Residents show concern for proposed changes to State Route 162
Maxine Herbert-Hill has a hard time leaving her neighborhood.
If you drive state Route 162 between Sumner and Orting in the mornings and evenings, you might know why: A wall of traffic.
“Right now, we’re able to get in and out of our streets because of the traffic lights,” said Herbert-Hill.
She’s used to it. As a third-generation Puyallup Valley resident whose dad grew daffodils, she’s lived along the 50-mile-per-hour highway all her life.
She fears matters will get worse with newly proposed roundabouts.
The roundabouts were a result of a SR 162 corridor study in 2017 by the Washington State Department of Transportation, meant to develop long-term plans to mitigate traffic along a six-mile stretch of highway.
Two roundabouts were proposed at the Route 162 and Route 410 interchange. Other roundabouts are proposed at 128th Street and Military Road.
“Roundabouts are one of those identified strategies that stood out over signals based on the resulting data from models and intersection-control evaluations,” WSDOT spokeswoman Cara Mitchell said.
Herbert-Hill isn’t on board with WSDOT’s plan, which she says fails to mitigate traffic and threatens farmers and residents along Route 162 by trapping them from getting out. It also will discourage people from stopping at businesses for fear of getting stuck, she said.
The farming economy and identity of the valley are at stake, Herbert-Hill said.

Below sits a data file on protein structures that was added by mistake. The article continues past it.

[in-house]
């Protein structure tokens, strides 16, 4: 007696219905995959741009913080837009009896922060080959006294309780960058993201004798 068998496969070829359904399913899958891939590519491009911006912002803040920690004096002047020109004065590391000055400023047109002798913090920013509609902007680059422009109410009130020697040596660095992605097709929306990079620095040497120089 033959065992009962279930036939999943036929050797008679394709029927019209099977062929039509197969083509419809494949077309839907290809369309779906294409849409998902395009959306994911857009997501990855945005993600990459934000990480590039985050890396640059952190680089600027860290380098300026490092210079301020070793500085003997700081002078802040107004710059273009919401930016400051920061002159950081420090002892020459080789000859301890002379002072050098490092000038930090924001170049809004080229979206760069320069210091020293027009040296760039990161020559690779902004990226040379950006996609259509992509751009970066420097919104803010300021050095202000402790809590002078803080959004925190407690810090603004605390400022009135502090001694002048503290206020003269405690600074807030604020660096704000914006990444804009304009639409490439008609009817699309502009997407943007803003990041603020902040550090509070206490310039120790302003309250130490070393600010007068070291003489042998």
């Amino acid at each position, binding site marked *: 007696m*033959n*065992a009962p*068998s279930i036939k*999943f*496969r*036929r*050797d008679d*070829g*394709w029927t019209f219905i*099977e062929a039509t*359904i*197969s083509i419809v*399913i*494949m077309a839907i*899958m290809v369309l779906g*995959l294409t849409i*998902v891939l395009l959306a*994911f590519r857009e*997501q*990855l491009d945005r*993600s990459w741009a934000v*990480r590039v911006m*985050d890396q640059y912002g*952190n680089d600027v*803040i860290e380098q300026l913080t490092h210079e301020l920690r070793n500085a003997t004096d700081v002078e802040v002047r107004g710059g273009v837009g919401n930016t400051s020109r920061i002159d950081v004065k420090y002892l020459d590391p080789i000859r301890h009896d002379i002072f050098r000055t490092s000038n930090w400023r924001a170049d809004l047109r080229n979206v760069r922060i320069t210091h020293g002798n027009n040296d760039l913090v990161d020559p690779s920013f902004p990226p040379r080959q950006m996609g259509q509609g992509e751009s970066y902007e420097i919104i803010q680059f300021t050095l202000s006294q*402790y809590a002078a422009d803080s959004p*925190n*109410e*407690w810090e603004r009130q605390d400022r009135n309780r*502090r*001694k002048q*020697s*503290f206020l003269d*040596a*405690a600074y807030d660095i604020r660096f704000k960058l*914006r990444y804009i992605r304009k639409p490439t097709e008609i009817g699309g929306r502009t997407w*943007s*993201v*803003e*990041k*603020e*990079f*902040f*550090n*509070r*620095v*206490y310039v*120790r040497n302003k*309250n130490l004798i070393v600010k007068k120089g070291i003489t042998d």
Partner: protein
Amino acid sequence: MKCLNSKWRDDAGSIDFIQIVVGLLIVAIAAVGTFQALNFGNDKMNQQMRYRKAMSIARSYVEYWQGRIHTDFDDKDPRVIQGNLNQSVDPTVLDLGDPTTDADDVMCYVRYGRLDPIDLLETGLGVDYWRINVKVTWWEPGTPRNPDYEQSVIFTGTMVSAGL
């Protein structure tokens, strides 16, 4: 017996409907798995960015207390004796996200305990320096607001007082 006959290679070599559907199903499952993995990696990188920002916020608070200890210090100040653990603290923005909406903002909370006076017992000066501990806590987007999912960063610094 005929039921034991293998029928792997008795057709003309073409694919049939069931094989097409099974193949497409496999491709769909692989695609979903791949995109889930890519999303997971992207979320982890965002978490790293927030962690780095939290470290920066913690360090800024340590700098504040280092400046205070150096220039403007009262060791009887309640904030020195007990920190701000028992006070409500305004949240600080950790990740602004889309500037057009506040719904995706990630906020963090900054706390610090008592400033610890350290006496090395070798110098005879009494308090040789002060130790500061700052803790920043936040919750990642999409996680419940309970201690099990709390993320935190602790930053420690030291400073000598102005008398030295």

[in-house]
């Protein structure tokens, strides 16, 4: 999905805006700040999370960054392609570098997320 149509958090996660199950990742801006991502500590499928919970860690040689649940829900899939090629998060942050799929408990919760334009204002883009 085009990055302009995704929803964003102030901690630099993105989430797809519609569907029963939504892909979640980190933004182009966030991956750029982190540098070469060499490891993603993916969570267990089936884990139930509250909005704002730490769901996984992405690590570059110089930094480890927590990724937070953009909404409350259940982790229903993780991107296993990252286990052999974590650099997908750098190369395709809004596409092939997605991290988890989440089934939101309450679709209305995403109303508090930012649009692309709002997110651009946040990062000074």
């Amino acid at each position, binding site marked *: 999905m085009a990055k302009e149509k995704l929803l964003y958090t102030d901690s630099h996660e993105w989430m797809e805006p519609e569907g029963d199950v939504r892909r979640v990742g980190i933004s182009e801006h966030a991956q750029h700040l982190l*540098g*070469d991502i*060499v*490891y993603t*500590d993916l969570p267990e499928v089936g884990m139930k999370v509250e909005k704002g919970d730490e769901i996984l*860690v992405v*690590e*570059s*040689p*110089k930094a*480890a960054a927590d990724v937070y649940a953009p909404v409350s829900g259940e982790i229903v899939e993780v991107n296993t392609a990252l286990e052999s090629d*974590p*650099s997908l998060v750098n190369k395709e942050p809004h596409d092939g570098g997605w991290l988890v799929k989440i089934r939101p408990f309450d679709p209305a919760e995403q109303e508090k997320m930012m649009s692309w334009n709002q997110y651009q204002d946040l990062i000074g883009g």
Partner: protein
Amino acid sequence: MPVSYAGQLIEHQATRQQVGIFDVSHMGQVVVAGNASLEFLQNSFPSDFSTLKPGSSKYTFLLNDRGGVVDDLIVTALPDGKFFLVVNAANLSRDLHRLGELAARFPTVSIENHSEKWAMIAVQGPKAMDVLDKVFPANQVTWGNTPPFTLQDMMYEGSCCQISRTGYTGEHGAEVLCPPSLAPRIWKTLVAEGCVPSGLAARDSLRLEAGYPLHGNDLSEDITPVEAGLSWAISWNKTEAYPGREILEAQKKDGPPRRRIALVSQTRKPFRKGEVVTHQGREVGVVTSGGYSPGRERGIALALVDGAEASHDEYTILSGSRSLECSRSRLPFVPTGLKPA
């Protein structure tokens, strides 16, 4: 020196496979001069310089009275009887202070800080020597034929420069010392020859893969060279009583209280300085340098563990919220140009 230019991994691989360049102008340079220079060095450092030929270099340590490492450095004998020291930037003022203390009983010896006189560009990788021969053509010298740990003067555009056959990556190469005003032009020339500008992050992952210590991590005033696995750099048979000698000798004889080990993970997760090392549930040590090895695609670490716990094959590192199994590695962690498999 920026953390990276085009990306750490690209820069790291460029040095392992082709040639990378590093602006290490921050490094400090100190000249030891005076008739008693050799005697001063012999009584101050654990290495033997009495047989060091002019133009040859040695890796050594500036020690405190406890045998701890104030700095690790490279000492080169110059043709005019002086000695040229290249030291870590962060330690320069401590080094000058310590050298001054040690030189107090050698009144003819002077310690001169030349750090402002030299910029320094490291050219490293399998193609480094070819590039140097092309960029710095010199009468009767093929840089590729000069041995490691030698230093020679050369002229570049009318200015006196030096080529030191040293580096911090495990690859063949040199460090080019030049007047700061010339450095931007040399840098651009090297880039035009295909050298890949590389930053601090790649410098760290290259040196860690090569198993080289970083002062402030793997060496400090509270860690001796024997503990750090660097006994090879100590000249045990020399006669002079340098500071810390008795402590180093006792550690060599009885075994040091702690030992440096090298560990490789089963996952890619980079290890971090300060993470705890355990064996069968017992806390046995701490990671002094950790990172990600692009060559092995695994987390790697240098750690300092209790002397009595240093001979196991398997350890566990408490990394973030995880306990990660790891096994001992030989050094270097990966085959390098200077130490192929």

She isn’t the only one with concerns. Herbert-Hill, her husband, Dave Hill, and area residents Dan Neyens and Robert Sudderth formed the SR 162 Community Group last fall to get their voices heard about traffic along the state highway.
Group leaders created a website, sr162traffic.org. More than 400 people have joined the group on Facebook.
The group has proposed solutions of its own to mitigate traffic: a middle turn lane to get cars out of the flow of traffic and expanded shoulders for emergency vehicles and farmers using tractors.
“The traffic management plan the state chooses will decide whether this rural community and its profitable farms will be protected, or will be lost forever,” members of the group wrote in a presentation to the state.
On average, Route 162 sees roughly 20,000 vehicles per day in both directions from the Route 410 interchange to Williams Boulevard in Orting, according to a WSDOT study. If no action is taken, that could double by 2035.
Where are all these cars coming from?
Many of them will come from the east — specifically, from Tehaleh, home to nearly 4,000 people on the Bonney Lake plateau. Over the next 20 years, Tehaleh is projected to grow to 4,700 acres with more than 9,000 homes.
Currently, there’s only one road out of Tehaleh on 198th Avenue East, through Bonney Lake.
Because of its growth, Tehaleh is building a new road out of its development called Rhodes Lake Road.
It will join with 128th Street East at the intersection of Route 162, and with it will come a slew of new cars.
“This new highway will add over 1,000 vehicles per hour,” said Herbert-Hill, citing calculations based on documents from WSDOT and Transpogroup, a planning firm that worked with Tehaleh developers.
There’s no stopping the Rhodes Lake Rhodes, Hill said — it’s going to be built.
“We’ve realized the congestion that comes with the growth that’s already happened. We’re going to have to live with that,” he said. “There’s really no solution for that. The best thing we can do is try to minimize its impact by creating safer conditions.”
That’s where disagreement over the proposed roundabout comes in.
ROUNDABOUTS VS. SIGNALS
It’s a common controversy: roundabouts or signals?
Some, like WSDOT, support roundabouts in this case.
“Roundabouts outperform signals in terms of reducing crash severity, improvements to how the intersection operates, reduces traffic queues and reduces long-term maintenance costs,” Mitchell said.